It’s frustrating when people don’t convert. Spending a ton of time and energy setting everything up, only to have underwhelming results.
When that happens, there are a number of things you want to look at before making and changes.
The absolute first thing you need to ask is, is there an audience and a market? Hopefully this was already done before doing all the work. But if you haven’t asked this question, ask it now.
Once you’ve confirmed that this is a viable market, here’s what you should ask next:
1. How accurate is your audience-targeting strategy?
There’s nothing quite as frustrating as watching hundreds of people visit your product or landing pages, only to be left with empty carts and no opt-ins.
It’s not easy to figure out what’s holding them back, but one of the first questions you should ask is whether you’re targeting the right people.
You may very well have a great product for the market, but if you’re presenting it to the wrong audience then you’ll never generate significant interest. This holds true for major, established brands as much as new startups.
2. Has trust been established?
Asking people to hand over personal and financial information on the web requires a huge leap of faith. You need to establish trust before asking them to add a product to their carts and complete the checkout process or even to give you their email address.
One study from Taylor Nelson Sofres showed that consumers might terminate as many as 70% of online purchases due to a lack of trust. People may really want what you’re selling, but if they don’t trust you, then they’ll never convert.
There are several ways to establish and grow trust, which include:
- Testimonials and reviews from real customers (which consumers consider more trustworthy than brand advertising)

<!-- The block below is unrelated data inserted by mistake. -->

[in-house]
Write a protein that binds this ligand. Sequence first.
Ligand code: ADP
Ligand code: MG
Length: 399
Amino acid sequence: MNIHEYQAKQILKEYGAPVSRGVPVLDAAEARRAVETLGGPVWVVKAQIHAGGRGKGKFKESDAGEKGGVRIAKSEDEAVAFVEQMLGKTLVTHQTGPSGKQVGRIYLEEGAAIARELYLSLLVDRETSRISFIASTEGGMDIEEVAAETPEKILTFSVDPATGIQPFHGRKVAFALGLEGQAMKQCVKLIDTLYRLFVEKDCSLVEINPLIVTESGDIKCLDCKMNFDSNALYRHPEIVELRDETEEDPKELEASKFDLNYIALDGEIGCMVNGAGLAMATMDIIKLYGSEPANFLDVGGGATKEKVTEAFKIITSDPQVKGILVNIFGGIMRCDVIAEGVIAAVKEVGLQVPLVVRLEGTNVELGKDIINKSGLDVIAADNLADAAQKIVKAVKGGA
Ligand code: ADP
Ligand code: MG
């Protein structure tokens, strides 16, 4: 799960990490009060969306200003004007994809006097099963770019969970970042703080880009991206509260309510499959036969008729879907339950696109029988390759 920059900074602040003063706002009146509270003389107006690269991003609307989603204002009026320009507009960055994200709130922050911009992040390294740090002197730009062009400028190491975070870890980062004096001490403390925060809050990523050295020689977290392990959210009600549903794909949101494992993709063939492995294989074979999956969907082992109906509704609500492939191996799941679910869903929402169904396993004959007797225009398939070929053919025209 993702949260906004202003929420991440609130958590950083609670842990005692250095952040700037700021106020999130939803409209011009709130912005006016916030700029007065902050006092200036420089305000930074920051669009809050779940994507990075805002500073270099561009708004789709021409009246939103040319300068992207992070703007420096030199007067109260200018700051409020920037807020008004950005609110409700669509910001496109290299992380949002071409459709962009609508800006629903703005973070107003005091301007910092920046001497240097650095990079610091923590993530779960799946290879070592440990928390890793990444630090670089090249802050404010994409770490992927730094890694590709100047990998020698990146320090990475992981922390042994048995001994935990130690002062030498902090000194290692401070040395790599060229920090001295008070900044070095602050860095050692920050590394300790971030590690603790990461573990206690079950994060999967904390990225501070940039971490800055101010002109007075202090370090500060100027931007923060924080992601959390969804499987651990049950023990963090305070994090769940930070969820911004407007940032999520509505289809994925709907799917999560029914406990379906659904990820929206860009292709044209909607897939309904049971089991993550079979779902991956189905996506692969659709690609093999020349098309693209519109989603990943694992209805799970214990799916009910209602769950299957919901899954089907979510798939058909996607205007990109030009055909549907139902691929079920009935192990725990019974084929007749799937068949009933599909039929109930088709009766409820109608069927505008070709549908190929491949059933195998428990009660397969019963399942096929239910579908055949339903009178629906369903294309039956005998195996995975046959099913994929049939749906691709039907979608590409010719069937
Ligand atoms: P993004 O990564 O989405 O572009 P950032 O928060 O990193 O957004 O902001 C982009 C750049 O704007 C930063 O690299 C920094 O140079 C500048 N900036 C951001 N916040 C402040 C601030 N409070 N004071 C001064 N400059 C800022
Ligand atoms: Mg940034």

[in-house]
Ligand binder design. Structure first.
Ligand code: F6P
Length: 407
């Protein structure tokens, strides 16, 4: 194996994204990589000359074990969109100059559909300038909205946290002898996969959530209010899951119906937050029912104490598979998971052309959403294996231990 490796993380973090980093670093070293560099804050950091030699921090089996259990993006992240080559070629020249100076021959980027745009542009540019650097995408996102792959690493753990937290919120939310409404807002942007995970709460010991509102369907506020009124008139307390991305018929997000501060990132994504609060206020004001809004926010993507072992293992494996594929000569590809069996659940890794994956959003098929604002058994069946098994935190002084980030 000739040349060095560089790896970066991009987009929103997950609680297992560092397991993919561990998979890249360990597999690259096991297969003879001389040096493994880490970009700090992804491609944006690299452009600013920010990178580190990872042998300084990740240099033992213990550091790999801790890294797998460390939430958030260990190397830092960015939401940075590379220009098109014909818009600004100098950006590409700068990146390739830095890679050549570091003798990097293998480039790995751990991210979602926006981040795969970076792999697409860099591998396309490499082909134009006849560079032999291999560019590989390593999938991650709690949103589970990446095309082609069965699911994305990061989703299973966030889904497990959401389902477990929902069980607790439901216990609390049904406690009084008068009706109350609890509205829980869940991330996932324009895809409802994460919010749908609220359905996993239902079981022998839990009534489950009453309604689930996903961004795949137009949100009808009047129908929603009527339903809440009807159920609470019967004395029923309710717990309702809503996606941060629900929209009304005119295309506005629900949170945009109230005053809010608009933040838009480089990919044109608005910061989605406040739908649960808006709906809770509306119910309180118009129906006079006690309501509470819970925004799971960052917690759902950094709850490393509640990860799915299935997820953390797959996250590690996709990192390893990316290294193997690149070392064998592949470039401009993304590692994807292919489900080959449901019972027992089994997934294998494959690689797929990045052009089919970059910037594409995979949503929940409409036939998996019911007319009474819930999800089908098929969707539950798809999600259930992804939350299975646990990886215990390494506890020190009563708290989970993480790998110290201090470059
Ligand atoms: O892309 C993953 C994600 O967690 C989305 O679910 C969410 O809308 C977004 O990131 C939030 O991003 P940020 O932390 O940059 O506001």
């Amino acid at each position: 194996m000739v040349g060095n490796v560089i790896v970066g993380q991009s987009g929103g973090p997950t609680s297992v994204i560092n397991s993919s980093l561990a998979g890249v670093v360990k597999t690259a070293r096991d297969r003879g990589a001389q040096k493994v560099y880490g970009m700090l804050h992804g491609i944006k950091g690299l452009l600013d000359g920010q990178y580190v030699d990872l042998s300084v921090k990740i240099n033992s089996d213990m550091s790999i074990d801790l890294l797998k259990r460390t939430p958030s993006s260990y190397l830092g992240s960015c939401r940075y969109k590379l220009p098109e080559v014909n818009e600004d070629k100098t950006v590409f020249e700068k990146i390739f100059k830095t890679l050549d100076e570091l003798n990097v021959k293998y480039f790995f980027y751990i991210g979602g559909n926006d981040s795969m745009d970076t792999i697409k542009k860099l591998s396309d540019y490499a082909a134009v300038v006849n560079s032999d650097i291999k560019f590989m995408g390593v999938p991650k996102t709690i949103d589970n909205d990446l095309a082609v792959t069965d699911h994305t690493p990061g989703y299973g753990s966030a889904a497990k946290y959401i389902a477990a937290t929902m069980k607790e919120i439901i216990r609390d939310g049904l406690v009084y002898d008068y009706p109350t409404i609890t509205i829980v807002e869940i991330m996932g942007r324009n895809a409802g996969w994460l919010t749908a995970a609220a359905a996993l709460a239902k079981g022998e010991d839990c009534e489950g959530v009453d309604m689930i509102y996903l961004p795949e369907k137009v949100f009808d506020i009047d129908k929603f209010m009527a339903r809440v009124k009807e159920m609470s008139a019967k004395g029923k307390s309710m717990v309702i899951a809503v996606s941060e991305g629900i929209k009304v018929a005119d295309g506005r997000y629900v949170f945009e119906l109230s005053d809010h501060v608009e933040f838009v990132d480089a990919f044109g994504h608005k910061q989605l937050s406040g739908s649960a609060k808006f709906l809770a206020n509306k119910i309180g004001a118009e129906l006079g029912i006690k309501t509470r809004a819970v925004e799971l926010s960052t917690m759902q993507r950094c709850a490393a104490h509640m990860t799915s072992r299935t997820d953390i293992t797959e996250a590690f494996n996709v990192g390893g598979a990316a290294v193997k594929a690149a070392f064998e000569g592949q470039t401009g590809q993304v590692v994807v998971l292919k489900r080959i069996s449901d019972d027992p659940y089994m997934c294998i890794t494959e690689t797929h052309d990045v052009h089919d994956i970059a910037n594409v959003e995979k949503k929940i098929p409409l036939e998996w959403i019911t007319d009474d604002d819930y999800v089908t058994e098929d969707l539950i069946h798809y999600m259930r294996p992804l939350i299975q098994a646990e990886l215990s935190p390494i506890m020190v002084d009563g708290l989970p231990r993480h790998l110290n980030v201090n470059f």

- Company contact and location information
- Trust seals
- Customer logos from recognizable brands
- Trade group affiliations
- Awards and recognitions
3. Do customers understand the benefits and value?
For customers, everything comes down to value, which is the foundation of your unique selling positions (USP.) You can’t just convince someone to buy something through conversion tricks like big buttons and snappy graphics. If they don’t understand the product’s value or how it might benefit them, then they have no reason to buy.
You have to communicate the value of your products accurately and succinctly, breaking down what you’re selling to the most basic level so your customer sees the benefits, rather than just the features.
4. What is the purchase experience really like?
It’s important to understand the journey your customer has to follow in order to reach the point where they’re willing to convert. While your landing pages or ecommerce site might look clean, the next step toward a conversion could make the whole thing come crashing down.
Providing top-notch user experiences across all devices is imperative, which includes minimizing the number of clicks necessary to complete the transaction.
5. What does the data say?
Whenever possible, you want to make changes based on the data you’ve accumulated. Don’t focus solely on the conversion metrics of your website; analyze the data from your social ads and insights, visitor flow, bounce rates, time spent on page and more. Let the data drive your actions; otherwise you’re just firing wildly into the dark and hoping to hit your target.
Whether we’re talking about the ROI for content marketing or boosting ecommerce sales, data always matters. When you make changes, measure the new data and monitor those changes against the original. It’s the only way to know if you’re headed in the right direction.
6. How are my competitors selling this?
While I always warn people not to follow their competitors, you should still be aware of what they’re doing to leverage competitive insights garnered from their market research.
If your conversions are plummeting for specific products or services, look to the competition. How are they positioning their products? What are they doing differently to hook and engage the target audience? Draw comparisons and see how they align with the insights you’ve gleaned from your data to determine which elements you should test and improve upon.
You can read more at Unbounce.